logo
  Join        Login             Stock Quote

Greek Elections And The Future Of The Euro

 June 13, 2012 12:28 PM


(By Vix and More) While this week's news cycle has been Spain, Spain, Italy and Spain so far (reminiscent of an old Monty Python skit, but I digress), it is easy to forget for a moment or so that Greece is holding another round of elections on Sunday.

As Greek law prohibits polling or publishing poll results in the 14 days leading up to an election, we do not know how voter sentiment about the bailout and remaining in the euro may be ebbing or flowing. Greek voters have certainly a great deal to think about, some of which may have been complicated by the positioning of Syriza's leader, Alexis Tsipras, who insists that it is possible to repudiate the bailout agreement, start afresh with a new plan that is based on stimulating economic growth and job creation – and never having to leave the euro zone in the process.

[Related -Sector Detector: Bulls Go Down Swinging, Refusing To Give Up Much Ground]

So just how will the Greek elections influence the future of the euro?

Without polls, the Intrade contract that specifies "Any country currently using the Euro to announce intention to drop it before midnight ET 31 Dec 2012" now becomes an even more valuable informational resource. The problem is that in spite of a fair amount of activity, the price of the contract has remained essentially unchanged for the last month, hugging the 40 level (see chart below), which means that participants continue believe that the chance of a Greek exit (I refuse to say ‘Grexit') by the end of the year is about 40%.

[Related -The Bumpy Road Ahead To Policy Normalization]

By Monday we will have a much more information, but once again, the process of forming a coalition government may prove to be troublesome…or worse.

For those looking for hedges against some panic in the financial markets next week, keep in mind that VIX options do not expire this week, but next Wednesday, June 20th. As such, VIX calls may prove to be an appropriate hedge against at least short-term post-election anxiety. For those looking for volatility hedges on a week-to-week rather than monthly basis, it might be helpful to investigate VXX weekly options (A Favorite Trade: VXX Weeklys) as well. Last but not least, a reader favorite is a thought piece on the process of constructing hedges is Cheating with Partial Hedges.

(source(s): Intrade.com)

Disclosure(s): short VXX at time of writing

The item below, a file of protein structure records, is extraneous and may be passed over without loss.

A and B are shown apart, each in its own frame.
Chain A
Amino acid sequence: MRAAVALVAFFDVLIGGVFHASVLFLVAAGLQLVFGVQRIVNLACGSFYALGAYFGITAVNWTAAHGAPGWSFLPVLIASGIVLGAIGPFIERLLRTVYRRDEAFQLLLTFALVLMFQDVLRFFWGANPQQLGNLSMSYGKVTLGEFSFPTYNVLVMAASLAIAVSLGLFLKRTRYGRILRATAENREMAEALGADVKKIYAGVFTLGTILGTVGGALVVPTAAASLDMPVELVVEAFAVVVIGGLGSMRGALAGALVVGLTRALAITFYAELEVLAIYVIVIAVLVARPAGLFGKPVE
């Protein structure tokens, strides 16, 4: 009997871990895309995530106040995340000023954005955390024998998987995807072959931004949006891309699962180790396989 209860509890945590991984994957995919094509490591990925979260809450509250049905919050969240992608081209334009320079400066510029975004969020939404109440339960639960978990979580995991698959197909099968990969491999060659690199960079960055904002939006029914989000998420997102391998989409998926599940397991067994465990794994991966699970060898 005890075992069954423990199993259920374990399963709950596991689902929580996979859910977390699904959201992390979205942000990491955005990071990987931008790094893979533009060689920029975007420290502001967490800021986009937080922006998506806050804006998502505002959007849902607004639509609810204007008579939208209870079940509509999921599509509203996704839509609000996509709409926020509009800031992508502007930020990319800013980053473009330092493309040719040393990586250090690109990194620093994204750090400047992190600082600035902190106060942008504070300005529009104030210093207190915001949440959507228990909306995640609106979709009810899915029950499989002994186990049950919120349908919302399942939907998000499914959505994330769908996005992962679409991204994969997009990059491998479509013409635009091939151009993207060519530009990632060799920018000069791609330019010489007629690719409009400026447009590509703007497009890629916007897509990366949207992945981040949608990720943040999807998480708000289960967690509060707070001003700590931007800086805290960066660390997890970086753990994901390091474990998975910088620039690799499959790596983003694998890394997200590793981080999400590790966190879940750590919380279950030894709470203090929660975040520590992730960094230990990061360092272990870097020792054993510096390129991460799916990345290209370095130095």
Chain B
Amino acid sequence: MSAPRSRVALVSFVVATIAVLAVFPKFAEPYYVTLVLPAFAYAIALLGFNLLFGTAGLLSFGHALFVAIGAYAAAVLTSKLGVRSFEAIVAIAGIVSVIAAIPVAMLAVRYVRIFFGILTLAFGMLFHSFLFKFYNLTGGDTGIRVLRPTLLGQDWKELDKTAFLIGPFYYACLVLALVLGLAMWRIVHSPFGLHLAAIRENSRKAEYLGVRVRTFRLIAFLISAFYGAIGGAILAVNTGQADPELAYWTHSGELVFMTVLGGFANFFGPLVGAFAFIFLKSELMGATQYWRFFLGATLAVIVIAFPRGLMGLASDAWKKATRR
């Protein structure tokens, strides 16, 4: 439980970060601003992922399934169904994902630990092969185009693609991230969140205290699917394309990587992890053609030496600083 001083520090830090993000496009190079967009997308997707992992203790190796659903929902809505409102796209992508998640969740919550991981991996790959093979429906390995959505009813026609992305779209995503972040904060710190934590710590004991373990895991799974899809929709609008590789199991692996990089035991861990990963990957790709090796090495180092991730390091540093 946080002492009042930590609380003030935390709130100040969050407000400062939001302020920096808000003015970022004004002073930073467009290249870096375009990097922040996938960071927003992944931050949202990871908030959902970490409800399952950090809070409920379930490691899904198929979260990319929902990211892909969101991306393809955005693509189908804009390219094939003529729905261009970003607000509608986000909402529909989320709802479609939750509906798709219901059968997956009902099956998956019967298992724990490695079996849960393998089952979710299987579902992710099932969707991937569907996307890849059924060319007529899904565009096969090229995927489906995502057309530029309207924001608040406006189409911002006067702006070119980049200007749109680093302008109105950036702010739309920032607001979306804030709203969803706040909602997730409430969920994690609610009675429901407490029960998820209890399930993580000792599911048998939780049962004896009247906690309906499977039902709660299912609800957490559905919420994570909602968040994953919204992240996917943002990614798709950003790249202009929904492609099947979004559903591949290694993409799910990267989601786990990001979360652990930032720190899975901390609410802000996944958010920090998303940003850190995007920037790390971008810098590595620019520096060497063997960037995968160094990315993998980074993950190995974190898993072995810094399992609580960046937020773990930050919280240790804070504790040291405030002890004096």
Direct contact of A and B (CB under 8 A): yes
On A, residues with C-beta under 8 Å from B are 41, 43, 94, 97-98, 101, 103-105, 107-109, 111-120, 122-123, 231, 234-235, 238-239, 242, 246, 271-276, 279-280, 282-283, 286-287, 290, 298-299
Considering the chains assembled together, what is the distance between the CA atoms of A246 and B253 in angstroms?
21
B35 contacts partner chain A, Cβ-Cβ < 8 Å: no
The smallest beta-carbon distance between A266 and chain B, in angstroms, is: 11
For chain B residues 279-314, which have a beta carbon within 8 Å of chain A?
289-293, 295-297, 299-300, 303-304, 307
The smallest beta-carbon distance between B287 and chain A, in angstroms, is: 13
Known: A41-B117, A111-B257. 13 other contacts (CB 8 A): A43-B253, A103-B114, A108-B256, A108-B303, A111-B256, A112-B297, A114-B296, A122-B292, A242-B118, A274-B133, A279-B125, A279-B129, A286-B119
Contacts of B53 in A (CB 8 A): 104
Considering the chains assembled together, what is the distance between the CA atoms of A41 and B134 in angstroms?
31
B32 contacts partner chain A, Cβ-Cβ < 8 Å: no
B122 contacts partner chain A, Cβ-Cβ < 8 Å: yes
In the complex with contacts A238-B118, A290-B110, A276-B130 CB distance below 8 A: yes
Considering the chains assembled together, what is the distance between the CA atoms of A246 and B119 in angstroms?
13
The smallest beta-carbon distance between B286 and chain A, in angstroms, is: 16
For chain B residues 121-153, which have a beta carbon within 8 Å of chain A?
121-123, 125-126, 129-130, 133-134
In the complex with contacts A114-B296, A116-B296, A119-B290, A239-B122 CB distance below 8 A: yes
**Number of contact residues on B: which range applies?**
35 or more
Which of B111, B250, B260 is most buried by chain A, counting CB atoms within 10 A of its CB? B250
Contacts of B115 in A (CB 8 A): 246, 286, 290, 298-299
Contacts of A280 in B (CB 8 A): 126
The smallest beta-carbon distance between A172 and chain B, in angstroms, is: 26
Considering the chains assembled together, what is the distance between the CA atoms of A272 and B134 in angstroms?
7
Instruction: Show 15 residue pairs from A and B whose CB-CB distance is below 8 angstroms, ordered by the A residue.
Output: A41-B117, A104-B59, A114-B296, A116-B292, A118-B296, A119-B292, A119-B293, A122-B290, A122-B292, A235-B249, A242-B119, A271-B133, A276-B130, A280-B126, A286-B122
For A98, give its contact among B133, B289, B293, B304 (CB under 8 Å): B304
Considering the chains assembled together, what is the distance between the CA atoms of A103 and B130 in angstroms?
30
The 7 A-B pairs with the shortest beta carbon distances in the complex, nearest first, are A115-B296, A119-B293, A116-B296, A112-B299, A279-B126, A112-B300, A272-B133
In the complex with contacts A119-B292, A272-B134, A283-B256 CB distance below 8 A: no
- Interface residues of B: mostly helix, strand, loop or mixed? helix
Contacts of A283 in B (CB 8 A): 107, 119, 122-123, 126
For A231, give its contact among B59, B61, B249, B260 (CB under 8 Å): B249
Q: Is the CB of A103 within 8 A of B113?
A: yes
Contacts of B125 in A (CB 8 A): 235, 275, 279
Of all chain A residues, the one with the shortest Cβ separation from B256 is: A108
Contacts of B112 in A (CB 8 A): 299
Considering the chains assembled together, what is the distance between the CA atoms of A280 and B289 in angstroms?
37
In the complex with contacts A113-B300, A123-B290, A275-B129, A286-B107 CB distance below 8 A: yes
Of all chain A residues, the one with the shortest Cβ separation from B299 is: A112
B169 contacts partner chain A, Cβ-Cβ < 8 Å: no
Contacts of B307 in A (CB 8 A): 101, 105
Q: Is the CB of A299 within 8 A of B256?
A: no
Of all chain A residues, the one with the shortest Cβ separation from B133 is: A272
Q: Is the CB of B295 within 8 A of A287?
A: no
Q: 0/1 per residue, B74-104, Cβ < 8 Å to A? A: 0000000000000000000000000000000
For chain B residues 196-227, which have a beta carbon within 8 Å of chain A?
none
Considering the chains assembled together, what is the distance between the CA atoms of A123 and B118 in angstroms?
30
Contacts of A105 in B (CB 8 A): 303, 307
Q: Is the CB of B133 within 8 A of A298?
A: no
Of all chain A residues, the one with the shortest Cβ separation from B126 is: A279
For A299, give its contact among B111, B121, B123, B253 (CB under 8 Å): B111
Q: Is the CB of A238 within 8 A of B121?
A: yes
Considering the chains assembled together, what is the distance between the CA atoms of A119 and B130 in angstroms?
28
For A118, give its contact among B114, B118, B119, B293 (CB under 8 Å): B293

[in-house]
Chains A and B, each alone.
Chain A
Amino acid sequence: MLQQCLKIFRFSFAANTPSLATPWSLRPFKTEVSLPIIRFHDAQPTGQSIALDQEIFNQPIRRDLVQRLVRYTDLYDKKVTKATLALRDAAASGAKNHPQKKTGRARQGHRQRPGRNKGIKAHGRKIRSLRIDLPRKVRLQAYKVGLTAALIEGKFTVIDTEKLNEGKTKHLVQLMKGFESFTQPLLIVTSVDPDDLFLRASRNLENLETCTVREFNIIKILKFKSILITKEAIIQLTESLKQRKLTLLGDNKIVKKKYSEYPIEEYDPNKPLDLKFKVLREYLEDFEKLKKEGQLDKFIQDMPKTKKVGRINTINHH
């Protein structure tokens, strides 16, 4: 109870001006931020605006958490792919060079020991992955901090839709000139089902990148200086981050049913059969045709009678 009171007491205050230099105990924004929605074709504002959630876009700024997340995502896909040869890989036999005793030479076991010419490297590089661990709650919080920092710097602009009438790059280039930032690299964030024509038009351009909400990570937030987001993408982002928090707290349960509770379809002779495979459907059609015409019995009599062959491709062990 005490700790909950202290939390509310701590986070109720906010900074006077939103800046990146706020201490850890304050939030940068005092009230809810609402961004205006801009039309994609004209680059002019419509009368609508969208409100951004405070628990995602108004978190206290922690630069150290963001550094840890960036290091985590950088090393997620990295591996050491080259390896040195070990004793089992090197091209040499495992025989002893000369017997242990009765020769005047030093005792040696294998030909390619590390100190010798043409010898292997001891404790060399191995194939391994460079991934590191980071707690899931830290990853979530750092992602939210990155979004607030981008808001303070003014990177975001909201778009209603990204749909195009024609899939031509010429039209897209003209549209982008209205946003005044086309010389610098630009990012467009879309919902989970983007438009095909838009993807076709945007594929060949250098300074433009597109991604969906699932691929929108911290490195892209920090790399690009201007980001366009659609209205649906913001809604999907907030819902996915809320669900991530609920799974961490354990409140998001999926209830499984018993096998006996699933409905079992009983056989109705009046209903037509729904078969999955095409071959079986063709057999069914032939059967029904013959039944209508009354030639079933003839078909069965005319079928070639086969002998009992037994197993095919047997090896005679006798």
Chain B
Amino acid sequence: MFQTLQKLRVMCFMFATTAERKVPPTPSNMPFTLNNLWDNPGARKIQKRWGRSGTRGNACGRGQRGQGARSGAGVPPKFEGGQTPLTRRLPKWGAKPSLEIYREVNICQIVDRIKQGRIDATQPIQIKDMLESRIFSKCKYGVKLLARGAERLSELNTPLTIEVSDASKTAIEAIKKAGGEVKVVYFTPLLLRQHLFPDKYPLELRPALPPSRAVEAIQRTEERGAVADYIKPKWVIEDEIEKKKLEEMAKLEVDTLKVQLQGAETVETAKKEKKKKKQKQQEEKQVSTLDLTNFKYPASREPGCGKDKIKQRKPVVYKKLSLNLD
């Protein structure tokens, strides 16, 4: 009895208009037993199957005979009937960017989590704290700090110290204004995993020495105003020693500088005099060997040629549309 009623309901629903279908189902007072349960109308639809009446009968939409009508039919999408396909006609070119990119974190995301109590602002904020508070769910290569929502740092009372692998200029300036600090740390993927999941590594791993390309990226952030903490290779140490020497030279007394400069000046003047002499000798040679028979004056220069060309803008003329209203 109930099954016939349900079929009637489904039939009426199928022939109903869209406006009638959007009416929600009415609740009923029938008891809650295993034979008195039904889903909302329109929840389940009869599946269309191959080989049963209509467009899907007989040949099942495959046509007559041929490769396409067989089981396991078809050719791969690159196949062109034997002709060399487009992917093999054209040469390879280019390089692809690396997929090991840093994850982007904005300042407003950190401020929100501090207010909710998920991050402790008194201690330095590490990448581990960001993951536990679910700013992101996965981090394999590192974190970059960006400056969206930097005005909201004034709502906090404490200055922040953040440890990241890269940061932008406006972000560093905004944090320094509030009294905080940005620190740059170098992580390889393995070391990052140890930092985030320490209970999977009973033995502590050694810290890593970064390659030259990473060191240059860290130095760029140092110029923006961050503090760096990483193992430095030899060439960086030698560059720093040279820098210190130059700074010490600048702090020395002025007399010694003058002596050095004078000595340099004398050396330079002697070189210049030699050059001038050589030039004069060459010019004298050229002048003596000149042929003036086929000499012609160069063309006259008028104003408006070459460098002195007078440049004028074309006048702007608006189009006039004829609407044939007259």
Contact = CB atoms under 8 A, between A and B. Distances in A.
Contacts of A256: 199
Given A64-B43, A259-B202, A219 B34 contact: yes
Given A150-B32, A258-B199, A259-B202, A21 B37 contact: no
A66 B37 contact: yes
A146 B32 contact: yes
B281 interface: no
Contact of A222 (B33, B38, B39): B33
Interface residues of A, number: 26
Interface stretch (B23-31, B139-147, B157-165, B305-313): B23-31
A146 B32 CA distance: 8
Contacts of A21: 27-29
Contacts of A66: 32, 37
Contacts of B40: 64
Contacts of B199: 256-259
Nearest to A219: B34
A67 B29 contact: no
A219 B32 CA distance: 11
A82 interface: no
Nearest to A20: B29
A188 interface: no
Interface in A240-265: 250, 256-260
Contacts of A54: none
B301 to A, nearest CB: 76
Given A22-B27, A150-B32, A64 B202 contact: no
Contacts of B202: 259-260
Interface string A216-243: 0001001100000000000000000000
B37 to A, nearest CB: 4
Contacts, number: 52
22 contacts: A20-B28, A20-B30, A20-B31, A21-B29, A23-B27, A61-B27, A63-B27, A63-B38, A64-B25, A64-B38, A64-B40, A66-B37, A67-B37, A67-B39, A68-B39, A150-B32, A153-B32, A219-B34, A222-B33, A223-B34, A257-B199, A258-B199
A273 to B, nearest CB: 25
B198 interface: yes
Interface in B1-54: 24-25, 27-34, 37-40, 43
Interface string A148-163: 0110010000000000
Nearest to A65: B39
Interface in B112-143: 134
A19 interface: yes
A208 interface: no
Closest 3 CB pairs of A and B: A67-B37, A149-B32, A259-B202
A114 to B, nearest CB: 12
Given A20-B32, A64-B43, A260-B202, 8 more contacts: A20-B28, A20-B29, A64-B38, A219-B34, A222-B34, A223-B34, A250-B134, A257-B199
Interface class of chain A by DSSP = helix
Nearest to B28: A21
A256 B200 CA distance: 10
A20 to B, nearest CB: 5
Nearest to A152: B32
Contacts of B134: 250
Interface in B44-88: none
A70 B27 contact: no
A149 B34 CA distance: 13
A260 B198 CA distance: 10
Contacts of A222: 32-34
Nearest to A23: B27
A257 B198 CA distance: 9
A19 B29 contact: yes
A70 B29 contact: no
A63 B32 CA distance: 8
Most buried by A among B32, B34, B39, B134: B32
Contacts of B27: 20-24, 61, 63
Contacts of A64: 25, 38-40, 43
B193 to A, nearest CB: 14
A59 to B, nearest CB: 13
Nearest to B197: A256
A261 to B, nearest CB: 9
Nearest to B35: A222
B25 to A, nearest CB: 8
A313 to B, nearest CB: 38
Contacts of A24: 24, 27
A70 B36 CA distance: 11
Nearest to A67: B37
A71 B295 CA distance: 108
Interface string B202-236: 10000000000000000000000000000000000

iOnTheMarket Premium
Advertisement

Advertisement


Post Comment -- Login is required to post message
Name:  
Alert for new comments:
Your email:
Your Website:
Title:
Comments:
 

rss feed

Latest Stories

article imageSector Detector: Bulls Go Down Swinging, Refusing To Give Up Much Ground

Although the stock market displayed weakness last week as I suggested it would, bulls aren’t going down read on...

article imageThe Bumpy Road Ahead To Policy Normalization

When the dust clears from tomorrow’s Fed announcement, the crowd’s expecting that the slow but persistent read on...

article imageAnalyzing Performance Histories That Might Have Been

The trend in recent years of securitizing more of the world’s market betas offers investors, in theory, read on...

article imageBig Prints in VIX Calls

The CBOE Vix Index is in positive territory on Friday morning as shares in the S&P 500 Index move slightly read on...

Advertisement
Popular Articles

Advertisement
Daily Sector Scan
Partner Center



Fundamental data is provided by Zacks Investment Research, and Commentary, news and Press Releases provided by YellowBrix and Quotemedia.
All information provided "as is" for informational purposes only, not intended for trading purposes or advice. iStockAnalyst.com is not an investment adviser and does not provide, endorse or review any information or data contained herein.
The blog articles are opinions by respective blogger. By using this site you are agreeing to terms and conditions posted on respective bloggers' website.
The postings/comments on the site may or may not be from reliable sources. Neither iStockAnalyst nor any of its independent providers is liable for any informational errors, incompleteness, or delays, or for any actions taken in reliance on information contained herein. You are solely responsible for the investment decisions made by you and the consequences resulting therefrom. By accessing the iStockAnalyst.com site, you agree not to redistribute the information found therein.
The sector scan is based on 15-30 minutes delayed data. The Pattern scan is based on EOD data.